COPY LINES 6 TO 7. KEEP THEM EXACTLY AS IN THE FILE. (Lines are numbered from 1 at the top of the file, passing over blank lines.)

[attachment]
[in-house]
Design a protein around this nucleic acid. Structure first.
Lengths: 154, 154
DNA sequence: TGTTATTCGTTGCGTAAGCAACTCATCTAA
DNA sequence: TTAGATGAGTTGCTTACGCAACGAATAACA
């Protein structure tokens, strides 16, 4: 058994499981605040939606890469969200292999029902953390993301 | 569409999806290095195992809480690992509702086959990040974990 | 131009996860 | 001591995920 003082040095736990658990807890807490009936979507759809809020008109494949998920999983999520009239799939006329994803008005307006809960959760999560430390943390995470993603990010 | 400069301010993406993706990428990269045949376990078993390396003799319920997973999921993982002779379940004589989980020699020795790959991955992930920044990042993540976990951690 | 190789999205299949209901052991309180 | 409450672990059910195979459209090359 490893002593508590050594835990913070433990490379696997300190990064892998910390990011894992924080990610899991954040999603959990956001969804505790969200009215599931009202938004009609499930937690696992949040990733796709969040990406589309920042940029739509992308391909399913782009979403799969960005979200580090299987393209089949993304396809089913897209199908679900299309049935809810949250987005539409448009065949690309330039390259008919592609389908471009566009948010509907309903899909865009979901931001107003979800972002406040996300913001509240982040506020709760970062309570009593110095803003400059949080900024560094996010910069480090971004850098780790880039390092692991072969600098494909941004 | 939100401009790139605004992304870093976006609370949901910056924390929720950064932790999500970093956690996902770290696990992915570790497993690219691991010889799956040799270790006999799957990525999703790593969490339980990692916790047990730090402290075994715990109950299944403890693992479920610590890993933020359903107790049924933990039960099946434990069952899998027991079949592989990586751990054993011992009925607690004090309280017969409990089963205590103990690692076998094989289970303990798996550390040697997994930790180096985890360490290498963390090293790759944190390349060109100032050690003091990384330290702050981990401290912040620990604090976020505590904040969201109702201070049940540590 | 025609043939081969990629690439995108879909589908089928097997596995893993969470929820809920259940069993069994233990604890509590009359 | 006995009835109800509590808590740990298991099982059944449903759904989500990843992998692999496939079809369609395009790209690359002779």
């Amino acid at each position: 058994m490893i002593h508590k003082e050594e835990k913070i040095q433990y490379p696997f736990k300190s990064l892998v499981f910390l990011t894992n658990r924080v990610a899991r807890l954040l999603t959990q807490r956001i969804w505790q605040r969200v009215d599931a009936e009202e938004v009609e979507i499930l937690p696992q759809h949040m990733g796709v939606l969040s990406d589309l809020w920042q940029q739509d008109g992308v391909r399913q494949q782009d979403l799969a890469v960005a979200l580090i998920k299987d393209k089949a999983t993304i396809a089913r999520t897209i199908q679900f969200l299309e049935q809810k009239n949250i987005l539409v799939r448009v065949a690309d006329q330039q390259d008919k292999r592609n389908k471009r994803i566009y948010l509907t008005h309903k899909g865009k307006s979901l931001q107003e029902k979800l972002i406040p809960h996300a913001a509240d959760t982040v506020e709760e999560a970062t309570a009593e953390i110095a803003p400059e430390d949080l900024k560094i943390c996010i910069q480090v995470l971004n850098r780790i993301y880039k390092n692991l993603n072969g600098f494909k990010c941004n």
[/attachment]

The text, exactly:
């Protein structure tokens, strides 16, 4: 058994499981605040939606890469969200292999029902953390993301 | 569409999806290095195992809480690992509702086959990040974990 | 131009996860 | 001591995920 003082040095736990658990807890807490009936979507759809809020008109494949998920999983999520009239799939006329994803008005307006809960959760999560430390943390995470993603990010 | 400069301010993406993706990428990269045949376990078993390396003799319920997973999921993982002779379940004589989980020699020795790959991955992930920044990042993540976990951690 | 190789999205299949209901052991309180 | 409450672990059910195979459209090359 490893002593508590050594835990913070433990490379696997300190990064892998910390990011894992924080990610899991954040999603959990956001969804505790969200009215599931009202938004009609499930937690696992949040990733796709969040990406589309920042940029739509992308391909399913782009979403799969960005979200580090299987393209089949993304396809089913897209199908679900299309049935809810949250987005539409448009065949690309330039390259008919592609389908471009566009948010509907309903899909865009979901931001107003979800972002406040996300913001509240982040506020709760970062309570009593110095803003400059949080900024560094996010910069480090971004850098780790880039390092692991072969600098494909941004 | 939100401009790139605004992304870093976006609370949901910056924390929720950064932790999500970093956690996902770290696990992915570790497993690219691991010889799956040799270790006999799957990525999703790593969490339980990692916790047990730090402290075994715990109950299944403890693992479920610590890993933020359903107790049924933990039960099946434990069952899998027991079949592989990586751990054993011992009925607690004090309280017969409990089963205590103990690692076998094989289970303990798996550390040697997994930790180096985890360490290498963390090293790759944190390349060109100032050690003091990384330290702050981990401290912040620990604090976020505590904040969201109702201070049940540590 | 025609043939081969990629690439995108879909589908089928097997596995893993969470929820809920259940069993069994233990604890509590009359 | 006995009835109800509590808590740990298991099982059944449903759904989500990843992998692999496939079809369609395009790209690359002779």
């Amino acid at each position: 058994m490893i002593h508590k003082e050594e835990k913070i040095q433990y490379p696997f736990k300190s990064l892998v499981f910390l990011t894992n658990r924080v990610a899991r807890l954040l999603t959990q807490r956001i969804w505790q605040r969200v009215d599931a009936e009202e938004v009609e979507i499930l937690p696992q759809h949040m990733g796709v939606l969040s990406d589309l809020w920042q940029q739509d008109g992308v391909r399913q494949q782009d979403l799969a890469v960005a979200l580090i998920k299987d393209k089949a999983t993304i396809a089913r999520t897209i199908q679900f969200l299309e049935q809810k009239n949250i987005l539409v799939r448009v065949a690309d006329q330039q390259d008919k292999r592609n389908k471009r994803i566009y948010l509907t008005h309903k899909g865009k307006s979901l931001q107003e029902k979800l972002i406040p809960h996300a913001a509240d959760t982040v506020e709760e999560a970062t309570a009593e953390i110095a803003p400059e430390d949080l900024k560094i943390c996010i910069q480090v995470l971004n850098r780790i993301y880039k390092n692991l993603n072969g600098f494909k990010c941004n």